IHS budget is a mixed bag


WASHINGTON - As details of the President's proposed budget for the Indian Health Service becomes public, tribal leaders and some in Congress expressed concern over possible cuts to program funding.

While the president's $2.7 billion budget for the IHS provides a total increase of 3 percent over this year's budget, proposed funding levels for maintenance and construction of health facilities were severely cut, with other programs receiving no increases.

"They have a surplus and are talking about a tax cut when they should fulfill their obligations to the tribes," said Dan McCoy, chairman of the Eastern Band of Cherokee in North Carolina. "We have a health care deficit at Cherokee. We are even trying to fund IHS programs with our own money."

With Congress finalizing the budget plan for FY2002, funding needs for the IHS have taken center stage. Although there are a number of program increases for most IHS service programs, funding for construction and maintenance of health facilities and for medical equipment are targeted. Facility construction funding would be cut by $48 million, while funding for maintenance and improvement and medical equipment would be cut by $1 million, prompting concern from some tribes like the Eastern Band of Cherokee.

"Our problems with health care keep compounding," McCoy said. "If the government has a surplus, then why are their basic responsibilities not being met?"

Funding for urban American Indian health, self-governance and tribal management, and sanitation construction would all remain at this year's levels. However, the president's budget also contains a number of increases including: $65 million for clinical services, $40 million for contract support costs, $55 million for staff pay raises and $50 million to support the transfer of Navajo Nation health services from federal to tribal management.

In the debate over this year's congressional budget resolution, approved by the president and the House and Senate, an amendment was even included and then dropped which would have provided $4.2 billion in additional funds for the IHS. The budget resolution is approved every year and provides an outline for Congress and the administration as they consider federal spending levels.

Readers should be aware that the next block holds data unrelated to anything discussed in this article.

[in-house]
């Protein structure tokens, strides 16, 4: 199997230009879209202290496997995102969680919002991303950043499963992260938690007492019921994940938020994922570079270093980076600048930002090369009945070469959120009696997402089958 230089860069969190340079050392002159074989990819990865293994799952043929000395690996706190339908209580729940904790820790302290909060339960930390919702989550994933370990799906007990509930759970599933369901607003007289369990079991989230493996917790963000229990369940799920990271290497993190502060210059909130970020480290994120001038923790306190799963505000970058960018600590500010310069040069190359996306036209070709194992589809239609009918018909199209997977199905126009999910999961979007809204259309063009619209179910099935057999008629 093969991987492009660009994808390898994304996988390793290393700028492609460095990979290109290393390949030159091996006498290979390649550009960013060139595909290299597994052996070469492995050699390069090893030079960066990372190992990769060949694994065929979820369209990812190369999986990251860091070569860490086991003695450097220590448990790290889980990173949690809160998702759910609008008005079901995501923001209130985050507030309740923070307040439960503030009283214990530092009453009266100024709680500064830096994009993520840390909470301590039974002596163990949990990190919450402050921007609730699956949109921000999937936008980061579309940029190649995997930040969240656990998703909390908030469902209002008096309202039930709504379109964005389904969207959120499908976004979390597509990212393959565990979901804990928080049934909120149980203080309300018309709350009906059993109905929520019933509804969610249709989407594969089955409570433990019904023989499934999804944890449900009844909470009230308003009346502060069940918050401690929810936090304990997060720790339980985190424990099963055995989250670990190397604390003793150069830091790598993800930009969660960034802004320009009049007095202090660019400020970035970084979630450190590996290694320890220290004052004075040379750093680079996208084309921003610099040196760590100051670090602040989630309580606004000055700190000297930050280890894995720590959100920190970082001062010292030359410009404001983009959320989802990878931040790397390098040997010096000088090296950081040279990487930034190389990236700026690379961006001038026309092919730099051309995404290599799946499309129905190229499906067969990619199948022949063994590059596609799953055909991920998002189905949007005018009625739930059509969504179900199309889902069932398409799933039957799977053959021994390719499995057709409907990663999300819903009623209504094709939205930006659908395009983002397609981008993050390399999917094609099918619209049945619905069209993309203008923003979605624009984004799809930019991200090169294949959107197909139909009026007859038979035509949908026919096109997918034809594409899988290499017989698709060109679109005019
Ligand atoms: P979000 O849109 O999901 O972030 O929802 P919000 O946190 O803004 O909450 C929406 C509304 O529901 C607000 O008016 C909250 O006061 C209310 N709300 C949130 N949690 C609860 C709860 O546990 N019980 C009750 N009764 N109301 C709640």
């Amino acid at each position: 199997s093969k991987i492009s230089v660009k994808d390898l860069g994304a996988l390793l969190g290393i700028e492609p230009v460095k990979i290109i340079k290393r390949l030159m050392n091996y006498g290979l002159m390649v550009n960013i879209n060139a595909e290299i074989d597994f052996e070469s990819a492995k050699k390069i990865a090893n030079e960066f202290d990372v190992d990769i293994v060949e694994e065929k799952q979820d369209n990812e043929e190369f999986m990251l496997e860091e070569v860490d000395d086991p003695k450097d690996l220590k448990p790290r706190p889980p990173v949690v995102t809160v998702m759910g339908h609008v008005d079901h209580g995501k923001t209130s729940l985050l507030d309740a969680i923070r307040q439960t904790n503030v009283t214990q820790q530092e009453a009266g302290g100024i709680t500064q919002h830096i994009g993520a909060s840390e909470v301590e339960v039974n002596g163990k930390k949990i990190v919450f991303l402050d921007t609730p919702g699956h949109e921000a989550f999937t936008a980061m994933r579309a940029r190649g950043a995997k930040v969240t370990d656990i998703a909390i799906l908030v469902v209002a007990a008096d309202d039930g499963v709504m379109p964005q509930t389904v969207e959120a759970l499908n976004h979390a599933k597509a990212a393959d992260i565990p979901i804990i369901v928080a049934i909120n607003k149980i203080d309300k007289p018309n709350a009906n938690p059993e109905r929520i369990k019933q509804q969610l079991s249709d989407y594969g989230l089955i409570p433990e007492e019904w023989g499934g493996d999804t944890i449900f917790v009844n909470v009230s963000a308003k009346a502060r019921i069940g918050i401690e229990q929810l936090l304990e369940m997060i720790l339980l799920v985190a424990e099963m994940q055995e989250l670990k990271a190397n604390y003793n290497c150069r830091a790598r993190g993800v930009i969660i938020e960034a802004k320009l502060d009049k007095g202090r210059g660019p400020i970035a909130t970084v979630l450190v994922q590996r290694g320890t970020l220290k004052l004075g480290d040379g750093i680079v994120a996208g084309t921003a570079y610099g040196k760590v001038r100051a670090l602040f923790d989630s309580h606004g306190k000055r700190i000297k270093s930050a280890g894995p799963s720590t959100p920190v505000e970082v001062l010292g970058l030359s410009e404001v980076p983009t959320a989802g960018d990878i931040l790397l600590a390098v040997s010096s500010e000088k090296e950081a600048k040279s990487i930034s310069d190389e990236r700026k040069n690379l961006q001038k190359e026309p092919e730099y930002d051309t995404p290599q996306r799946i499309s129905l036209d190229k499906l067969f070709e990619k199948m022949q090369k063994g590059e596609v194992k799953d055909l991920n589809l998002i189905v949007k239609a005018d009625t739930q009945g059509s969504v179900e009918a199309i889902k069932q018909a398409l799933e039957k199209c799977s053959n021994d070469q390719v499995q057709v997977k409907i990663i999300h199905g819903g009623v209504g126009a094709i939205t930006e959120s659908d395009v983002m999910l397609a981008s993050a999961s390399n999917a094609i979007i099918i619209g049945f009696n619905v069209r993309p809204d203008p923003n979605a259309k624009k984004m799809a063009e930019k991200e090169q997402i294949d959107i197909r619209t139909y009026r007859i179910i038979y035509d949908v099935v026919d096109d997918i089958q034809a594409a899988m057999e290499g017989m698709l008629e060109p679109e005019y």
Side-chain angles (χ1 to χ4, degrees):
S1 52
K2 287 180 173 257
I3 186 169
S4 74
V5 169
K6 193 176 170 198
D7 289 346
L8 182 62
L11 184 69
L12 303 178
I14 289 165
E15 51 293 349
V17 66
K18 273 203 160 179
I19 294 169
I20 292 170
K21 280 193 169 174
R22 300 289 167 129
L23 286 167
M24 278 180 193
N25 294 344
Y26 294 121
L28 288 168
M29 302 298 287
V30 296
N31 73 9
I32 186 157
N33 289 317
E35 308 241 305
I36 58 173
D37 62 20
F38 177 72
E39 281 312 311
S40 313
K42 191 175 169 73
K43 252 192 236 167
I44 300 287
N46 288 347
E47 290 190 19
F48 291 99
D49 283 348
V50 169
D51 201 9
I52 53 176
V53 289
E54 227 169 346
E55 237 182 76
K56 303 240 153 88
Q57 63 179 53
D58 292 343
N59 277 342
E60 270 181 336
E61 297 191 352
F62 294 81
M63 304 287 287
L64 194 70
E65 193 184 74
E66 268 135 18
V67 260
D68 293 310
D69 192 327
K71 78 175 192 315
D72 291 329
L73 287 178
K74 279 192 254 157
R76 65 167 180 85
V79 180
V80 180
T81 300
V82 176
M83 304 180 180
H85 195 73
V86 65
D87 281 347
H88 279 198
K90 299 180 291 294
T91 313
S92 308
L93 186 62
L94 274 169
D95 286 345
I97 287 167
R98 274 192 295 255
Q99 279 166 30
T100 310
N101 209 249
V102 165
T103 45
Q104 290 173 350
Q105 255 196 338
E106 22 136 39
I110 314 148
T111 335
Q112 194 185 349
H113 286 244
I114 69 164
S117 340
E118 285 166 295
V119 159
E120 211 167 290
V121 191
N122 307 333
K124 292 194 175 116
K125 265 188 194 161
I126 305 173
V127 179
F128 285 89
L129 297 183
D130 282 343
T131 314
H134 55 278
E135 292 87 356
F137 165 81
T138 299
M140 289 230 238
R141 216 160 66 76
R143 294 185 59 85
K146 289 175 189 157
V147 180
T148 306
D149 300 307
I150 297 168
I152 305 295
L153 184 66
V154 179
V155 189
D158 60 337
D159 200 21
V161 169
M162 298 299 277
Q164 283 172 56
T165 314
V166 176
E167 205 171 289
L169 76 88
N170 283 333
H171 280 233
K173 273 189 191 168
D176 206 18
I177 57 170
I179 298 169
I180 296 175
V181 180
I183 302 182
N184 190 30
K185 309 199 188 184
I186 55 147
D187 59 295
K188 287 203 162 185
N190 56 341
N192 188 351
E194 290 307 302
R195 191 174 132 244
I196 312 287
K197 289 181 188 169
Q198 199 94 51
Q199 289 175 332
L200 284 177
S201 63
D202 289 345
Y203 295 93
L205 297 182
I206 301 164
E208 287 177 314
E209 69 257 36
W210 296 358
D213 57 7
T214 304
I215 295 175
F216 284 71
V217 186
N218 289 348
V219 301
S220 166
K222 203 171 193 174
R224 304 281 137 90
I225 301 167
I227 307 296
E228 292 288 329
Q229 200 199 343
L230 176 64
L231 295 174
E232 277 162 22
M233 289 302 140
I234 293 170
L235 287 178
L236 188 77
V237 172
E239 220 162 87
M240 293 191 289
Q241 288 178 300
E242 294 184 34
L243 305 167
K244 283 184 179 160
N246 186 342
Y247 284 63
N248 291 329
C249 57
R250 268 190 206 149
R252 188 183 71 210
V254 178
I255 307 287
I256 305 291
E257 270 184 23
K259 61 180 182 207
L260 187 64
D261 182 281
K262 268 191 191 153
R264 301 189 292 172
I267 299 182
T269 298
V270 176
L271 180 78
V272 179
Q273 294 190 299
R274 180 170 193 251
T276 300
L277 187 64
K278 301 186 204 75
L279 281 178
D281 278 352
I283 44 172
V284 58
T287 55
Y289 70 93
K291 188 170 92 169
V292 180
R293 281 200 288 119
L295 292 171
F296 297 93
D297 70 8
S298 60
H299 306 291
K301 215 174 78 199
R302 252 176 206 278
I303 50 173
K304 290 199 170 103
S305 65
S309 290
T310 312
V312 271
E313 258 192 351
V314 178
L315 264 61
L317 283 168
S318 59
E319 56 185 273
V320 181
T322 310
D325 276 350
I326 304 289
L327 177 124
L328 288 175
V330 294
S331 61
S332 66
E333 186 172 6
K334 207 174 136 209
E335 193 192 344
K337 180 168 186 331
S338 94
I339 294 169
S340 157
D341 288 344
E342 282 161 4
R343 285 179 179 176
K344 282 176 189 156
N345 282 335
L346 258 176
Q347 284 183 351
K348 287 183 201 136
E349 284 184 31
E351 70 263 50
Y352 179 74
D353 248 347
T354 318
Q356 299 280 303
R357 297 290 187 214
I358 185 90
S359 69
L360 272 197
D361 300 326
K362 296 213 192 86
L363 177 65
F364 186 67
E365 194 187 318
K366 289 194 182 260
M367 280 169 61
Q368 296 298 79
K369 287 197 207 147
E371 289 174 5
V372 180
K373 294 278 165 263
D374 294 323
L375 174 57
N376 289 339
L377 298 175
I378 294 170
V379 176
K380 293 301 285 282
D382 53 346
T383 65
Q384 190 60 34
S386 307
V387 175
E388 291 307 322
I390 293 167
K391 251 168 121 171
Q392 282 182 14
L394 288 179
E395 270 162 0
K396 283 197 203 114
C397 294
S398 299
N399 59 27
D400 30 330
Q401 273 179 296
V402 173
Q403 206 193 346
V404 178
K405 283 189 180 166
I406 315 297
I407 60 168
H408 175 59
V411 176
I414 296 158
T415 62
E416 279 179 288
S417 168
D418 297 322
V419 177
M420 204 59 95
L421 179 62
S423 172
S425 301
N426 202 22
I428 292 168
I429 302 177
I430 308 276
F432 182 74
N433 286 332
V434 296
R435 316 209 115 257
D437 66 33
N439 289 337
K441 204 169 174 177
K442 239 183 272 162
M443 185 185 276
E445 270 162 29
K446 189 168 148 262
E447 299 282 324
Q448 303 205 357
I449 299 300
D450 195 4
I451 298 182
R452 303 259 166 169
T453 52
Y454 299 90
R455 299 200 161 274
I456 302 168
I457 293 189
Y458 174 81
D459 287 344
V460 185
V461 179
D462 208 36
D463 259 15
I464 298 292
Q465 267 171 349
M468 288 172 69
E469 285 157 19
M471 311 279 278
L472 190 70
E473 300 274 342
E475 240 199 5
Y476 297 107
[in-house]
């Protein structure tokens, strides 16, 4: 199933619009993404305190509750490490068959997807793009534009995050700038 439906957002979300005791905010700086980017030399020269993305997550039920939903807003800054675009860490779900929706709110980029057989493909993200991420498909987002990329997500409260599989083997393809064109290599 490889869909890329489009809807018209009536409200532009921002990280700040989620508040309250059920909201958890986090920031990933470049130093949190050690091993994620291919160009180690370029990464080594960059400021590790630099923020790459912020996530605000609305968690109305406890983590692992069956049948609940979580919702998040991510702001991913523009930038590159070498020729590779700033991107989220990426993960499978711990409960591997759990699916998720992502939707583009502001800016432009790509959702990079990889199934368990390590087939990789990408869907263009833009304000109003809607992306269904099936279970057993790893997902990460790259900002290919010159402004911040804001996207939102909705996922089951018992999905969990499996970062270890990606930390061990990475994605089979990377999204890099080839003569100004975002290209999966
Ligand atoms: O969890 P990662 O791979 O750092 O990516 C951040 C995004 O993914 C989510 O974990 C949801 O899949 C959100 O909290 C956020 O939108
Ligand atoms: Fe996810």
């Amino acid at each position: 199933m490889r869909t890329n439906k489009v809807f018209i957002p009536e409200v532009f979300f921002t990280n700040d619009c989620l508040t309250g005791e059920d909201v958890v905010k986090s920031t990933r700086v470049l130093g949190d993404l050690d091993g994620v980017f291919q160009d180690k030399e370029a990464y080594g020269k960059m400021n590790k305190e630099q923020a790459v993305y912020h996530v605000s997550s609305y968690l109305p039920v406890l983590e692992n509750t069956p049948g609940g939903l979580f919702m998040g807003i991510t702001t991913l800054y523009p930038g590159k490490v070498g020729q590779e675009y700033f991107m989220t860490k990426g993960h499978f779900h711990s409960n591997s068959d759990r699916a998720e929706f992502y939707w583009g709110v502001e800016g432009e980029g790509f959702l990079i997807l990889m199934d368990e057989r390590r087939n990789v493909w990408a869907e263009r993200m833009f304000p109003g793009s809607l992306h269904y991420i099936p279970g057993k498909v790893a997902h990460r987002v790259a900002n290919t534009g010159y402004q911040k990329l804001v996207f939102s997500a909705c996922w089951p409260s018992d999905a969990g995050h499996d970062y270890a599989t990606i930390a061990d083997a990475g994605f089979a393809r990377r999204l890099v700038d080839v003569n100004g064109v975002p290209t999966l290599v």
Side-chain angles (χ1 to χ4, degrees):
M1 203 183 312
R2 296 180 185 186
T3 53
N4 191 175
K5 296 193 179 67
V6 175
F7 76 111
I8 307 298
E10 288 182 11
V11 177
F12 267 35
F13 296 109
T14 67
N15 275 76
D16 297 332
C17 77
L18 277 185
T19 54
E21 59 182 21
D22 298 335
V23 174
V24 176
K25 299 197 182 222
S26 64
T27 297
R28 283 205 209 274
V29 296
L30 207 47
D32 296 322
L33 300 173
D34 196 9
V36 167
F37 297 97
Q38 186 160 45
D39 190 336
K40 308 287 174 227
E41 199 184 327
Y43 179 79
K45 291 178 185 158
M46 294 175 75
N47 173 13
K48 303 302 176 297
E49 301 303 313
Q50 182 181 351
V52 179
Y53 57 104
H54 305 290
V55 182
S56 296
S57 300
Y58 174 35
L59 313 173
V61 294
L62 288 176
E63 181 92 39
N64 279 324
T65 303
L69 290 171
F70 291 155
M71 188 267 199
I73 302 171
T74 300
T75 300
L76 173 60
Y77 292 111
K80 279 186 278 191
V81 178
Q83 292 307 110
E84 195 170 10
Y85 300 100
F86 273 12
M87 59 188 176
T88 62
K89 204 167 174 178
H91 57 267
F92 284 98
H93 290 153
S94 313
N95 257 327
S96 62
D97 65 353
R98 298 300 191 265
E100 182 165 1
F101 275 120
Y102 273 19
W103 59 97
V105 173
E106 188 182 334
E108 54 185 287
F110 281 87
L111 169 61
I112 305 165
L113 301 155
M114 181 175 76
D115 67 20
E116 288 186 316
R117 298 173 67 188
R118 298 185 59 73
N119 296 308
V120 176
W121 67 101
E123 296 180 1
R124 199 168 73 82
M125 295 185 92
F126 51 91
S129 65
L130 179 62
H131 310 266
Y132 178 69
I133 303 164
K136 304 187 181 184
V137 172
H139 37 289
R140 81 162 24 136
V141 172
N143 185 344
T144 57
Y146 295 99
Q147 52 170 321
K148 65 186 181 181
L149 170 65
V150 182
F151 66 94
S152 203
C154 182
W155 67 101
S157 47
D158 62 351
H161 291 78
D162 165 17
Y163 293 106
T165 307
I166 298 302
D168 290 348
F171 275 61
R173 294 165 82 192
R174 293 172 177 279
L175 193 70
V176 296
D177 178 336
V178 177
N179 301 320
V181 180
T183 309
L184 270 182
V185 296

The amendment, offered by Sen. Tom Daschle, D-S.D., was passed by the Senate in early April but was dropped in final negotiations over the resolution between the House and Senate. Those negotiations concluded in May.

Daschle said that he attributed the demise of the amendment to a proposed $1.25 trillion tax cut that "crowds out" many other important priorities in the budget such as education and health care.

"I do not understand how Congress can propose a $1.25 trillion tax cut, most of which benefits the wealthiest Americans, but not see fit to fund the most basic and essential health care needs for Native Americans in South Dakota and across the country," Daschle said. "While we debate how to allocate trillions of dollars in surpluses, medical treatment for American Indians and Alaska Natives is being rationed, in spite of federal/tribal treaties guaranteeing the provision of health care."

The $1.25 trillion tax cut is smaller than the $1.6 trillion tax cut first proposed by President Bush, but the largest tax cut since Ronald Reagan's first year in office. Congressional Republicans say they expect the budget resolution to be on the president's desk by the end of May. Congressional appropriation committees will begin considering specific areas of the budget, like the IHS, this summer.

"An unfortunate aspect of this debate is that there are many in Congress who believe that Native Americans are being fully covered through the IHS as an entitlement program and that we are living up to our obligations, but the reality is that we are not," Daschle said. "I plan to take advantage of every opportunity to let my colleagues know that, every day, Native people are being denied fundamental health care services.

"I'm not giving up. It is critical that we reinstate the money. We can do this in many ways. We can pursue money through the Indian Health Improvement Act or through other legislation."

Daschle said there was a fifty-fifty chance that funding would be reinstated because of bipartisan support, but added that much work would have to be done.

He called on tribal leaders to "make the case for health care," to Congress and state what their priorities are for health care by contacting the appropriations and Indian Affairs committees.